In New Wave Cinema, cinema that is still universally enjoyed until our day, the cinematic language started taking shape, echoed by the development of the woman characters. She started having a three-dimensional personality that is credible and likable. Women were finally liberated from the seemingly perfect frame entrapping them. They were finally represented as human beings. The depicted cliched treatment of the female in the Palestinian cinema started changing.
With "Fertile Memory'; the 1980 debut film of Michel Khleifi, recognized as the pioneer of the era, the Palestinian Cinema took a sharp turn. The film digs deep into the quotidian lives of two Palestinian women who could not be more different. They belonged to two different worlds, two different religions and two different generations. They had extremely dissimilar missions and aspirations. With this, Khleifi dismantled the woman's unified identity and took
her from the traditional carbon-copied female of the Cinema of the Revolution to the diverse female of the Palestinian New Wave Cinema. Allowing the viewers to experience the various layers of living in Palestine through the point of view of the two women was significant if not revolutionary. In Khleifi's" Wedding in Galilee"( 1986), another pivotal angle was presented,
which added to the layers of the woman's representation in cinema. Although the film conveys certain analogies in its narrative, these analogies are used to fortify the position of the woman. The impotence of the groom, for instance, has been used to convey the impotence of the independent political power in the village and the acquiescence to the military ruler. The women's presence, as a matter of fact, portrayed the sarcasm towards males' impotence and failure when dealing with military rule.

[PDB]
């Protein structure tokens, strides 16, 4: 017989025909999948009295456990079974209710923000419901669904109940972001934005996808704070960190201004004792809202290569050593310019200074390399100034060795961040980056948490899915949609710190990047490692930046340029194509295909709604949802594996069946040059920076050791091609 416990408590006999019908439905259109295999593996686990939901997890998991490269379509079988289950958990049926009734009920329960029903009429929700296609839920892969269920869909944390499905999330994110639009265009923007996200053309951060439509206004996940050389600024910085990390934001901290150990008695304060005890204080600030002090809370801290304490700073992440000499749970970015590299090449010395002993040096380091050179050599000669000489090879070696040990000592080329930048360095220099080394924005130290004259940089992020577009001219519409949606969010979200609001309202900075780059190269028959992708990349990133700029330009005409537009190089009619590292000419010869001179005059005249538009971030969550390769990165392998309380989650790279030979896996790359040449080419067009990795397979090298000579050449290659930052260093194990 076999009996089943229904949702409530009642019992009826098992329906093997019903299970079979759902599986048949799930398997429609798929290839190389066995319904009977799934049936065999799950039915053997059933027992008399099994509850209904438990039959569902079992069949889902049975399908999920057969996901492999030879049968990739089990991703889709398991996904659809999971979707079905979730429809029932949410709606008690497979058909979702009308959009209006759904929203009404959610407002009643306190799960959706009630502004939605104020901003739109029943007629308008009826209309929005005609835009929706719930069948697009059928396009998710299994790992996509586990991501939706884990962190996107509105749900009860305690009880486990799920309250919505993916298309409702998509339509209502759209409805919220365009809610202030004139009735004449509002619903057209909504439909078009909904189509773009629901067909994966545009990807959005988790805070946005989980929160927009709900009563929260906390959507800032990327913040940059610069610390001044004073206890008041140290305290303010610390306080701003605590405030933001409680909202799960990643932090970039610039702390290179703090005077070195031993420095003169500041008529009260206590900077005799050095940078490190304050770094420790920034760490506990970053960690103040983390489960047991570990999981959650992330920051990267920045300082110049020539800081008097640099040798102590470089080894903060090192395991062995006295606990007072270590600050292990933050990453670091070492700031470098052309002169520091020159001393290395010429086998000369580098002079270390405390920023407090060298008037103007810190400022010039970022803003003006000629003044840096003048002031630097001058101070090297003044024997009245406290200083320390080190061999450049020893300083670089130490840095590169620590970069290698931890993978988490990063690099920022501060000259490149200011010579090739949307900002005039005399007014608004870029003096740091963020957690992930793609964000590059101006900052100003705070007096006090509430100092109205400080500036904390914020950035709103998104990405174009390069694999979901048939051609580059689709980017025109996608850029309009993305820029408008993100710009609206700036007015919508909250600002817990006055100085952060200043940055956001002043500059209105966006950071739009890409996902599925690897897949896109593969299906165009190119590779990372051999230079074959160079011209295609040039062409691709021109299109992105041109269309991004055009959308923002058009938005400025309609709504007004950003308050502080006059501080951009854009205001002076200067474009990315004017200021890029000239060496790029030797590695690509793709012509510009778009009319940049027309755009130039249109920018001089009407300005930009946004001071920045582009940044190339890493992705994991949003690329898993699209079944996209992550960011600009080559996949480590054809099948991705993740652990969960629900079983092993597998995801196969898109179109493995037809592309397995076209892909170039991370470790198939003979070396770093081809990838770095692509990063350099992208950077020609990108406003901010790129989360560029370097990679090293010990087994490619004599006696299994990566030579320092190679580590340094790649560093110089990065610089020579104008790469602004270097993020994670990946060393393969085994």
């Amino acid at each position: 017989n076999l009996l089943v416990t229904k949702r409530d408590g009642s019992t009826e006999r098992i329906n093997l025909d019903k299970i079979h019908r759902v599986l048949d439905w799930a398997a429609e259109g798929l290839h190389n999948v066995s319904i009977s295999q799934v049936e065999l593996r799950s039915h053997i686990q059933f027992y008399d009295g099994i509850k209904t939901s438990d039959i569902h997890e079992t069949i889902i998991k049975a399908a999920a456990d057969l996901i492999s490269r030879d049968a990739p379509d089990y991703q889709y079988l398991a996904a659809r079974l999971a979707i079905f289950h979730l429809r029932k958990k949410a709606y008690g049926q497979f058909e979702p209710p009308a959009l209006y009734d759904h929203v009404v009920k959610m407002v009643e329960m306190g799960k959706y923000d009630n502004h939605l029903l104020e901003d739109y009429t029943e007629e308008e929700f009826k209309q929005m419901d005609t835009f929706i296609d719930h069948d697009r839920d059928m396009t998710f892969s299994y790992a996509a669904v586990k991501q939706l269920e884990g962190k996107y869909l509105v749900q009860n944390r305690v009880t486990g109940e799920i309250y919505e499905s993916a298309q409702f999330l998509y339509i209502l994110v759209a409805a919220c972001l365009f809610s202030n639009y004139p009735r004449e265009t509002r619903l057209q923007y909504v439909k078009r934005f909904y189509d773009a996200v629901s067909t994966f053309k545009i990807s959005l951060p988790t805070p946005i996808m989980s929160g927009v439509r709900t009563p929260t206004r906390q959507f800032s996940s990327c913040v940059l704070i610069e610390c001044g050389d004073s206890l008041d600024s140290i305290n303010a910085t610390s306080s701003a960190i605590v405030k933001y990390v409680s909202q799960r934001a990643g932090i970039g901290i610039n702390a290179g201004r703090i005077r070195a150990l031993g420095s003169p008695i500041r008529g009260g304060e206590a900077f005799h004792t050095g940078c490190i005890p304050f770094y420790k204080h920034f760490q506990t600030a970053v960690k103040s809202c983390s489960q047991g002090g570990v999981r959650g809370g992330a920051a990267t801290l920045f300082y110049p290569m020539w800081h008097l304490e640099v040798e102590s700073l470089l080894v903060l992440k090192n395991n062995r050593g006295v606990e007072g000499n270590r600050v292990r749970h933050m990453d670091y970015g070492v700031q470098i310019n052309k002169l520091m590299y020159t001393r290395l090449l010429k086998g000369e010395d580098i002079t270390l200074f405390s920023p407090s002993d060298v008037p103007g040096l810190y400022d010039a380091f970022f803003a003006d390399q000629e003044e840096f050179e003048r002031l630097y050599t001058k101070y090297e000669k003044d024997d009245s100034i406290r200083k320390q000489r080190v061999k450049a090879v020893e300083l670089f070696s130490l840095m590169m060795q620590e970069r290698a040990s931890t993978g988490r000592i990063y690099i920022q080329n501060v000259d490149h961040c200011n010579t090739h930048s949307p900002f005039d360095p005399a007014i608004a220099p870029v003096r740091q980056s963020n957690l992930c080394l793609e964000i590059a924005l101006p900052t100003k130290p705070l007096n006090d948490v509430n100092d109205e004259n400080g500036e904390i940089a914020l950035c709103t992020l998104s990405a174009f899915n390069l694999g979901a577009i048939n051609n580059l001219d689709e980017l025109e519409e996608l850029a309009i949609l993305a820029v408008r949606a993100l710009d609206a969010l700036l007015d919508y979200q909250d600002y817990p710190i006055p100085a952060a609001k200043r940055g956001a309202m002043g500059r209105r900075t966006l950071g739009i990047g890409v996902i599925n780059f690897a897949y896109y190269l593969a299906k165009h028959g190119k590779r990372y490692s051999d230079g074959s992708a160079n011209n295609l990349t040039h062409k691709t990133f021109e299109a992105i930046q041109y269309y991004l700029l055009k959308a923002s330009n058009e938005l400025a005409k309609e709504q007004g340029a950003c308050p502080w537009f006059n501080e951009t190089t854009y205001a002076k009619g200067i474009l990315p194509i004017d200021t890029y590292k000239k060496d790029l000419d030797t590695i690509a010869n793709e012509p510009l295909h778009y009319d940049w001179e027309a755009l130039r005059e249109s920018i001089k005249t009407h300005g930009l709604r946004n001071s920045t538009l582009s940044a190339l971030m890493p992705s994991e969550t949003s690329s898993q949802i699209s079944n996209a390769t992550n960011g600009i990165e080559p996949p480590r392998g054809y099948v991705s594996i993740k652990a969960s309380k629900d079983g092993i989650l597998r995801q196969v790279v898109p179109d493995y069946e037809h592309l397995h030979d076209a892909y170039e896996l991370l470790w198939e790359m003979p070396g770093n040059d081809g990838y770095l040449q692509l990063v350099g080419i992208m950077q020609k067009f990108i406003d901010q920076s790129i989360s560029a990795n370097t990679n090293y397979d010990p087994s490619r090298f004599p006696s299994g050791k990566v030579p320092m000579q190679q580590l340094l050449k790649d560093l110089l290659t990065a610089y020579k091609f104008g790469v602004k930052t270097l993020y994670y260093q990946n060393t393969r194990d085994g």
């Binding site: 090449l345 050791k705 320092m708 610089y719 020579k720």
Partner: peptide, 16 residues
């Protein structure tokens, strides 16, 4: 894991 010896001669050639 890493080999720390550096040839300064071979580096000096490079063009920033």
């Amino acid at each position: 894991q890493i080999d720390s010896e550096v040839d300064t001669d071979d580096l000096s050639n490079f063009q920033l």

Khleife's films planted the seeds for this tangible transformation. Films by auteurs like Elia Suleiman, Hany Abu Assad, Rashid Masharwi and Mai Masri fortified the move towards a cinema away from sloganeering and from the direct immediate message. The female is seen as an entity who is resilient in her own land without being too preachy or too artificial.
Contemporary Palestinian Cinema
The contemporary Palestinian cinema still holds on to the aesthetics and natural structure commenced by the new wave. The authenticity of the woman on the Palestinian screen took an advanced level of credibility. In today's Palestinian films, the woman has taken her case into her own hands, stepped forward and told her own story. The cultural liberation movement that was initiated in the 1980s was trailed by filmmakers like Annemarie Jacir, Najwa Najjar and Suha Arraf, who joined Mai Masri in telling the female narrative. Those filmmakers have lately taken an extra step forward by telling the Palestinian male's story in their narratives; which brings the contemporary Palestinian cinema into a balanced phase of maturity. It has ultimately gotten to a point where it is able to reunite the various layers of a scattered nation whose various fragments can hardly be put together.
[TOPLINE, Issue 4, August 2019]